The band remained a popular touring attraction throughout the early seventies, but then came the rise of punk and the New Wave, and bands like Geordie were left floundering. With work hard to get, Brian Johnson found himself doing voice-overs for a vacuum cleaner TV commercial. He released a couple of solo albums, including 'Strange Man' (1976). Then came the call to join AC/DC to replace their singer Bon Scott, who had died in London after a heavy drinking bout, in February, 1980.
Brian came into the band four months after Scott's death, and made his debut on the 'Back In Black' album, which went on to sell 12 million copies - considerably more sales than Geordie ever enjoyed. The album went to Number 1 in the U.K. and in Australia and spawned a hit single, 'You Shook Me All Night Long'. Brian Johnson, wearing his famous flat cap and yelling from the throat, showed how tough a Geordie could sing.
In 1982, the old group reformed without Brian, and released a single, a cover of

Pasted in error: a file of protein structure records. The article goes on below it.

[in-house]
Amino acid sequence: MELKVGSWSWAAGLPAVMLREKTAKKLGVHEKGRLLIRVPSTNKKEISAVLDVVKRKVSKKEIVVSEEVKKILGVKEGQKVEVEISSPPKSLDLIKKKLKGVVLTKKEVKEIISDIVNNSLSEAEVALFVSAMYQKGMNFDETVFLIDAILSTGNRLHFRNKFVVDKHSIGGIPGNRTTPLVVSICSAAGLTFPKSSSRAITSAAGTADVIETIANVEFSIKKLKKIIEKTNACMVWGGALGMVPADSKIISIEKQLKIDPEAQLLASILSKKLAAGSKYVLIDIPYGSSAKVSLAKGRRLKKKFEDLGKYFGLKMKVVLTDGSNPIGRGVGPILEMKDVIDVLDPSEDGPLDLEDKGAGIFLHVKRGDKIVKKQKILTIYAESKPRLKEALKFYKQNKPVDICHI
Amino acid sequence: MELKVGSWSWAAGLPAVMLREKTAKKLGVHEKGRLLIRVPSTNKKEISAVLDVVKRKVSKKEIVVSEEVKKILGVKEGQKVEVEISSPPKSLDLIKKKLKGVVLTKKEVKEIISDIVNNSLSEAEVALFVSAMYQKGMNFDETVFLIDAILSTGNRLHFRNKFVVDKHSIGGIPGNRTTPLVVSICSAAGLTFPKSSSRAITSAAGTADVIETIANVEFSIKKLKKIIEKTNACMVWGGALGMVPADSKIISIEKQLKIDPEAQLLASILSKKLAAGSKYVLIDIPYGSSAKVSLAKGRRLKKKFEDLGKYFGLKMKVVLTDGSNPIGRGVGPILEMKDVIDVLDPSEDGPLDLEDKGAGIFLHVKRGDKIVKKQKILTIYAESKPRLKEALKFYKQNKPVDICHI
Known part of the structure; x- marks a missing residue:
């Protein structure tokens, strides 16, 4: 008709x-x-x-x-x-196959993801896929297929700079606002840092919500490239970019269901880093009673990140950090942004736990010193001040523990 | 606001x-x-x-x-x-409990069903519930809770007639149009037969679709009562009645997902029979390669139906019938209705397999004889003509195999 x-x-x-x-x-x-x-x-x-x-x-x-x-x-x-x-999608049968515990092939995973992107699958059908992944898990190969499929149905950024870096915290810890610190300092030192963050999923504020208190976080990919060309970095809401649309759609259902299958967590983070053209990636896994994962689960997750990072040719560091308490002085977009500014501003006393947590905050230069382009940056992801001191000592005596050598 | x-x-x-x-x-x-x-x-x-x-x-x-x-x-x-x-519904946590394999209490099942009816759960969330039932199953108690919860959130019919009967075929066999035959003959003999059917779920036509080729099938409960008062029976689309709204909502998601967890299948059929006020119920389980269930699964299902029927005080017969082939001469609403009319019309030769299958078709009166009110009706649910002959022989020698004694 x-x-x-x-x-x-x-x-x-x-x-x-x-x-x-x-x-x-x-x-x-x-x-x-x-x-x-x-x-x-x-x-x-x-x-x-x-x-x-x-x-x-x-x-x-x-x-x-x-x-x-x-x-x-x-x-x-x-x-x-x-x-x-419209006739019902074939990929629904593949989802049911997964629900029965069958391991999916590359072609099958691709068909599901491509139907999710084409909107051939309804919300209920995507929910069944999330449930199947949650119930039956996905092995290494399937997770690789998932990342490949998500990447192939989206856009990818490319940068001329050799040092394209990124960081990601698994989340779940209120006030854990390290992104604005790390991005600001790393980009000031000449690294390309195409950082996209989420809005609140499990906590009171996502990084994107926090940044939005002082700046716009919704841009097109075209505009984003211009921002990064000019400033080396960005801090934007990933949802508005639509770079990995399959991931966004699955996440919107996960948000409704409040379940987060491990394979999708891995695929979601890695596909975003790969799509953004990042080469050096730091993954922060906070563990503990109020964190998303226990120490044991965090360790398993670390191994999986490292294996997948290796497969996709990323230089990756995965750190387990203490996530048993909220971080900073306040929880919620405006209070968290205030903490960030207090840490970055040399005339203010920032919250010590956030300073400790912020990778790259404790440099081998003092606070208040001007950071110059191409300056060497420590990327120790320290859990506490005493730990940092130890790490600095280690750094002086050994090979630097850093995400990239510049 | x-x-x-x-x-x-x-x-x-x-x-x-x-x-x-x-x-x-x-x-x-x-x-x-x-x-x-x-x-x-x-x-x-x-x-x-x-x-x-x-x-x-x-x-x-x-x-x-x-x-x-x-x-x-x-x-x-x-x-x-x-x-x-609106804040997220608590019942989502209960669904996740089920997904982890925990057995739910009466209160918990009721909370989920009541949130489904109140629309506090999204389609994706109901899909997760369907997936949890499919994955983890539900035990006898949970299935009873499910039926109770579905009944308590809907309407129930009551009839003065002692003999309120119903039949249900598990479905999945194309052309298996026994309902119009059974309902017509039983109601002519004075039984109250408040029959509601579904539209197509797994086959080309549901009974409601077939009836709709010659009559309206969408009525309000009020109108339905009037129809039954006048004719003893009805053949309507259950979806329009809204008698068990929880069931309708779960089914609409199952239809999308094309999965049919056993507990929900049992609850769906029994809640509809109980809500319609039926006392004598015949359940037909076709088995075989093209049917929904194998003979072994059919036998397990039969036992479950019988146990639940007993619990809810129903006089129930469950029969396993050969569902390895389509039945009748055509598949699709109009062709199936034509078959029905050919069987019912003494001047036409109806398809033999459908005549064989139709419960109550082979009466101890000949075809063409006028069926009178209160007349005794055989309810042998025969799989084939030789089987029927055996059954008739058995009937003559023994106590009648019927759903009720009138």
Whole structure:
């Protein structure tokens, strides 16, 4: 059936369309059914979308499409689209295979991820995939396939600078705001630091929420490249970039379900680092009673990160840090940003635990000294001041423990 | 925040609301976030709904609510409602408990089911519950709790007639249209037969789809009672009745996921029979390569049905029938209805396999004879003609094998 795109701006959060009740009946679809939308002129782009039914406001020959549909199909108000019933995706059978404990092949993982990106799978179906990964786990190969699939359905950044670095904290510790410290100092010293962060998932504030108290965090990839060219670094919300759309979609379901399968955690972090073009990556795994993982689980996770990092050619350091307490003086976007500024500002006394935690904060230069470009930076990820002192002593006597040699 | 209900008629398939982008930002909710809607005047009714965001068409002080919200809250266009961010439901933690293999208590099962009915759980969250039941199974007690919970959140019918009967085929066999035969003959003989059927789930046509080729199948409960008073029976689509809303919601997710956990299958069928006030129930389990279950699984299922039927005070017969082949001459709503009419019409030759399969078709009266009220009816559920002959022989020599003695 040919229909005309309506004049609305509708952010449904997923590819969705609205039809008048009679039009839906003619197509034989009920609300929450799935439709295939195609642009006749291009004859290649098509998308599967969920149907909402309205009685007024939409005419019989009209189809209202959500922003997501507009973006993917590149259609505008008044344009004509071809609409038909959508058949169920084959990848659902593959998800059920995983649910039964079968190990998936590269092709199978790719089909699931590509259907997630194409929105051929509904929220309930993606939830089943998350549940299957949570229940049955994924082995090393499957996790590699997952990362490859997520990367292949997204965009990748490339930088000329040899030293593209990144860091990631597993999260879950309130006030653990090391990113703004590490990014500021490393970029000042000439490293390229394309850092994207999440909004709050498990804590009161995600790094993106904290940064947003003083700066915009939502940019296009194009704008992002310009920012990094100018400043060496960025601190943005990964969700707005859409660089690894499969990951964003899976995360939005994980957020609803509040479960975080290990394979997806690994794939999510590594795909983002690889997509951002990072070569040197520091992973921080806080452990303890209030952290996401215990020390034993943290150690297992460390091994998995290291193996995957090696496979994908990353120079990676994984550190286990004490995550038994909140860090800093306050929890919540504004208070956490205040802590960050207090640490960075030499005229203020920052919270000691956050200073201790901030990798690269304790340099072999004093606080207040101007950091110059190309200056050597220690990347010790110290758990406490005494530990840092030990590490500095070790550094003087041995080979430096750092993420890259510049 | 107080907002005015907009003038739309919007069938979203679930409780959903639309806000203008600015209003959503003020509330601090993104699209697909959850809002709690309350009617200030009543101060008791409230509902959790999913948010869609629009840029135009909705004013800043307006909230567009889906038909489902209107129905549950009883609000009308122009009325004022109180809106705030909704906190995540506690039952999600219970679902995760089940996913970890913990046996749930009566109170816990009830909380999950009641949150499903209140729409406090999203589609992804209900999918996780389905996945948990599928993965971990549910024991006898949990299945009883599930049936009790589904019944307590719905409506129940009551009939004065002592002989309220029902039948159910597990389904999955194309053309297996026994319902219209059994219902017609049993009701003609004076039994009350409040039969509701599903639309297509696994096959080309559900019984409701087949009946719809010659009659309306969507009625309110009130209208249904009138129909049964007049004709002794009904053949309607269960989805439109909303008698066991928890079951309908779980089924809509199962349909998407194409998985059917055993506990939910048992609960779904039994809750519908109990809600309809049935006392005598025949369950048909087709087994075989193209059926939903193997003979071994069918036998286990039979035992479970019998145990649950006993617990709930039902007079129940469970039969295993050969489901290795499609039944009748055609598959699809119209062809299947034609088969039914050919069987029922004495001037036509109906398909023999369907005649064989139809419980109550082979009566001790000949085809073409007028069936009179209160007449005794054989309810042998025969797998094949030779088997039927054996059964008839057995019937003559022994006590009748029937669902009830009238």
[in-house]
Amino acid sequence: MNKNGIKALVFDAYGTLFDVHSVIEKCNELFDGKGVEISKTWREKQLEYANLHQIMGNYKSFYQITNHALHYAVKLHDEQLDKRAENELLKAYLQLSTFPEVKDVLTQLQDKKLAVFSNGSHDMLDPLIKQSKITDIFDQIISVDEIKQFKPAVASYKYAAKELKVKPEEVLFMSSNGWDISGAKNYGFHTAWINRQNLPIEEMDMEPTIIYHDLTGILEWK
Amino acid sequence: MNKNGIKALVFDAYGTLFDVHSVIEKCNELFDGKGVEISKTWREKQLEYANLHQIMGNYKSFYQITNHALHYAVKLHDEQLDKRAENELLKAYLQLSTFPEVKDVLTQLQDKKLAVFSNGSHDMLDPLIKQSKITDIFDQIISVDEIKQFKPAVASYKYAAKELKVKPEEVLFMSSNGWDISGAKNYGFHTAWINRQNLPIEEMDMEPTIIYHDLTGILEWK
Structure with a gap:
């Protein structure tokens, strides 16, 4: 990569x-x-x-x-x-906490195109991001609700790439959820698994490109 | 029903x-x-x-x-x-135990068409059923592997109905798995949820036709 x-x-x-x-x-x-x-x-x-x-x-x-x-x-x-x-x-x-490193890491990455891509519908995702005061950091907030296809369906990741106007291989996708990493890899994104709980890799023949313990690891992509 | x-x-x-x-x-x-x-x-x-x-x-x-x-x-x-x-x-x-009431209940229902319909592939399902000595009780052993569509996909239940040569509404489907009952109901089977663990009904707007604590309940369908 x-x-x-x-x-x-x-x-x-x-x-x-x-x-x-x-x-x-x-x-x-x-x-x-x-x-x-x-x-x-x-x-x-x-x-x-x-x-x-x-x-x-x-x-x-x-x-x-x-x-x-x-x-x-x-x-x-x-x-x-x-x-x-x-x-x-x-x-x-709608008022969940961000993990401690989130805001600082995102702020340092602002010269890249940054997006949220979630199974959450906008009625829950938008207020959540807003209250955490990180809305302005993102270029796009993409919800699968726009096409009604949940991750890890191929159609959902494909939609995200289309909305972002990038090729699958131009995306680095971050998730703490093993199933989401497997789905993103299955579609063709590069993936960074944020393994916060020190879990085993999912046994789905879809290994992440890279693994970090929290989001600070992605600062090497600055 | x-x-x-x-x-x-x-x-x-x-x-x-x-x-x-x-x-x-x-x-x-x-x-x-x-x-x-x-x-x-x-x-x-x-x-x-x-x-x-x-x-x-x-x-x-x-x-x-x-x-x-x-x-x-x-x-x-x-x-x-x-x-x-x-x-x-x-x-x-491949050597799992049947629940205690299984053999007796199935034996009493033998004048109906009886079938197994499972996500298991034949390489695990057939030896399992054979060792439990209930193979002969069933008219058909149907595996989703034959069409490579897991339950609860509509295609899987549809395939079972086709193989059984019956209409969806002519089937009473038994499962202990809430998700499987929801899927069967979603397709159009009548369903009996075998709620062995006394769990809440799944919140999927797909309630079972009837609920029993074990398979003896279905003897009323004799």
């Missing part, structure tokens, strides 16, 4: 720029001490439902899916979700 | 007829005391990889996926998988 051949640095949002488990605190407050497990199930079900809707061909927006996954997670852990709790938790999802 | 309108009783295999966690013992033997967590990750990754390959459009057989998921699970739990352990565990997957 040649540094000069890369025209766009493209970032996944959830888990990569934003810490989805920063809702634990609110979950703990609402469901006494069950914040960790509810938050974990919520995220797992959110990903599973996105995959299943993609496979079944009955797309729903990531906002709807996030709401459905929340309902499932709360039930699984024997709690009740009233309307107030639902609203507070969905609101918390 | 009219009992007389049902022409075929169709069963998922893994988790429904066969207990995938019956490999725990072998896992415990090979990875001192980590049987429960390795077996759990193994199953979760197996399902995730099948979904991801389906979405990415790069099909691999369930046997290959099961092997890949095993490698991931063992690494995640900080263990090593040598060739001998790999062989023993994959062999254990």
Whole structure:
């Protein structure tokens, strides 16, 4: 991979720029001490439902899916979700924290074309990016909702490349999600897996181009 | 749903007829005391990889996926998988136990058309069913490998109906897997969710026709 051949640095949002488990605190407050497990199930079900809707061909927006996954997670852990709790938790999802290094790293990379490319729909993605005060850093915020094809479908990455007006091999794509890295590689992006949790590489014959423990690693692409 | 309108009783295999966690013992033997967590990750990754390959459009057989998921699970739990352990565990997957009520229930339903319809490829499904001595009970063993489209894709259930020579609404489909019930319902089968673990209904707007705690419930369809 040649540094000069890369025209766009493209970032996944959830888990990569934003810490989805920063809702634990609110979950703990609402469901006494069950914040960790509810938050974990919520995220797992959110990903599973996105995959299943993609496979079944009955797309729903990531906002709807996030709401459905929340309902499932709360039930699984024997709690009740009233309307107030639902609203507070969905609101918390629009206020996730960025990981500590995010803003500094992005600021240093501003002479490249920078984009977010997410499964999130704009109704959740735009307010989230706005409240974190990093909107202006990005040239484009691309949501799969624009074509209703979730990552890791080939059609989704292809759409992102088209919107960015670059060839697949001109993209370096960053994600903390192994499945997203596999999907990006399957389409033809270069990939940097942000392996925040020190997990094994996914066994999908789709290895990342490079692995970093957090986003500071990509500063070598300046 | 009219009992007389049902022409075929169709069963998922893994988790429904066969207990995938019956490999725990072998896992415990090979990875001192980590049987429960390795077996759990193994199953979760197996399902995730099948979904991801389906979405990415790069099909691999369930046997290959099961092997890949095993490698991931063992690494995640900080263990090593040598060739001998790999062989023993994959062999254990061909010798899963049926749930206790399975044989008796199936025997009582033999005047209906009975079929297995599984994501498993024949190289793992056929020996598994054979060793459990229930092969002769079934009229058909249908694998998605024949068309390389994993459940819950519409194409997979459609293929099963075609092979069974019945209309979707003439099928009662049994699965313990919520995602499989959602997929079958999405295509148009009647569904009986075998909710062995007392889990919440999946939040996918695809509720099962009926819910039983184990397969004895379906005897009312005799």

'Nutbush City Limits' without success. Geordie also unveiled a new album on the Neat label,
'No Sweat' (1983). Then in 1985 they changed their name to Powerhouse and released the album
'Powerhouse' (Ambush) in 1986. It was the end of the line for Geordie but they have left a legacy of excellent recordings which provide a welcome insight into a fascinating era of British rock development.
CHRIS WELCH, London, 1996
Taken from the CD reissue of "Save the World" (aka "A Band From Geordieland"), Repertoire REP4515-WY, 1996
Discography Taken from The Tapestry of Delights - The Comprehensive Guide to British Music of the Beat, R&B, Psychedelic and Progressive Eras 1963-1976, Vernon Joynson ISBN 1 899855 04 1